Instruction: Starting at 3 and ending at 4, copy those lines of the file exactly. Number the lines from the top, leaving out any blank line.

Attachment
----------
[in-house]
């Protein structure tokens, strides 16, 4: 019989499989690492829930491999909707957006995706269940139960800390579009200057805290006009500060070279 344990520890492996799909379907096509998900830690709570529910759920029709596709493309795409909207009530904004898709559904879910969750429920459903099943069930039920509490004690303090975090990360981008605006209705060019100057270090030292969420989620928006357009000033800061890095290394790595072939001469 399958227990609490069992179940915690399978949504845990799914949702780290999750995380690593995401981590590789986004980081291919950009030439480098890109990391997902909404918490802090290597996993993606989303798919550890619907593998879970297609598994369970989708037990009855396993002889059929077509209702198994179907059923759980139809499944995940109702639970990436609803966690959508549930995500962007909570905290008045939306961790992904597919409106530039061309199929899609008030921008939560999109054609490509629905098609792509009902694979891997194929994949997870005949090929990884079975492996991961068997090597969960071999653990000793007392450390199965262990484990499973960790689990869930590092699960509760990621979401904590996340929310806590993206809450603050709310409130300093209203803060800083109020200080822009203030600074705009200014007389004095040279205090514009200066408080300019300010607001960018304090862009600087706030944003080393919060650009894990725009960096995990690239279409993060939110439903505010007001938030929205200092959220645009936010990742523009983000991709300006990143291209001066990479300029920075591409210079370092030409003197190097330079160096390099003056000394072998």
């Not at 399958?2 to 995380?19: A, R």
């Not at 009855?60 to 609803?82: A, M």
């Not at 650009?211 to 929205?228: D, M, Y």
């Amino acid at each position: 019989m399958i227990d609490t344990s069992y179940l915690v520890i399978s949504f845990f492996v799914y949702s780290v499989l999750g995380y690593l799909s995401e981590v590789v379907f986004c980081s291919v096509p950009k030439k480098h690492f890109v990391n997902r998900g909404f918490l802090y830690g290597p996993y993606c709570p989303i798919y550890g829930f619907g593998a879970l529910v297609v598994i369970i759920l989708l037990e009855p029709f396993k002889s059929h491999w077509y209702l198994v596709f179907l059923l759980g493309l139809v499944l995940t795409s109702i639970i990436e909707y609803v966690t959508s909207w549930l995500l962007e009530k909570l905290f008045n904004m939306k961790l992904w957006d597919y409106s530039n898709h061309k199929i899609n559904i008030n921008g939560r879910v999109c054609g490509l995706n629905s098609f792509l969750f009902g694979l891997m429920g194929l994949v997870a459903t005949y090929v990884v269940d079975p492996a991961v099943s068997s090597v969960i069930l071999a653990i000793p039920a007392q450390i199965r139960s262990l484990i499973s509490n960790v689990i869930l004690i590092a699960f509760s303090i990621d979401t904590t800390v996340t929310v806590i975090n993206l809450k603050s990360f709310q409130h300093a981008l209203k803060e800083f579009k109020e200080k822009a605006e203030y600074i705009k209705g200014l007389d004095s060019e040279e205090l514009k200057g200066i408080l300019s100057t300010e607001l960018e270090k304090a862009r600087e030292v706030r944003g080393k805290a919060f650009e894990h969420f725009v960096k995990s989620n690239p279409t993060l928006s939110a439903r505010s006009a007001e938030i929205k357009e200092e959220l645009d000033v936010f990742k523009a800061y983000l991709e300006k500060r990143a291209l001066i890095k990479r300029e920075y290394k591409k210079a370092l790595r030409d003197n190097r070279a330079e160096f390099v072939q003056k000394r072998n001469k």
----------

């Not at 399958?2 to 995380?19: A, R």
């Not at 009855?60 to 609803?82: A, M």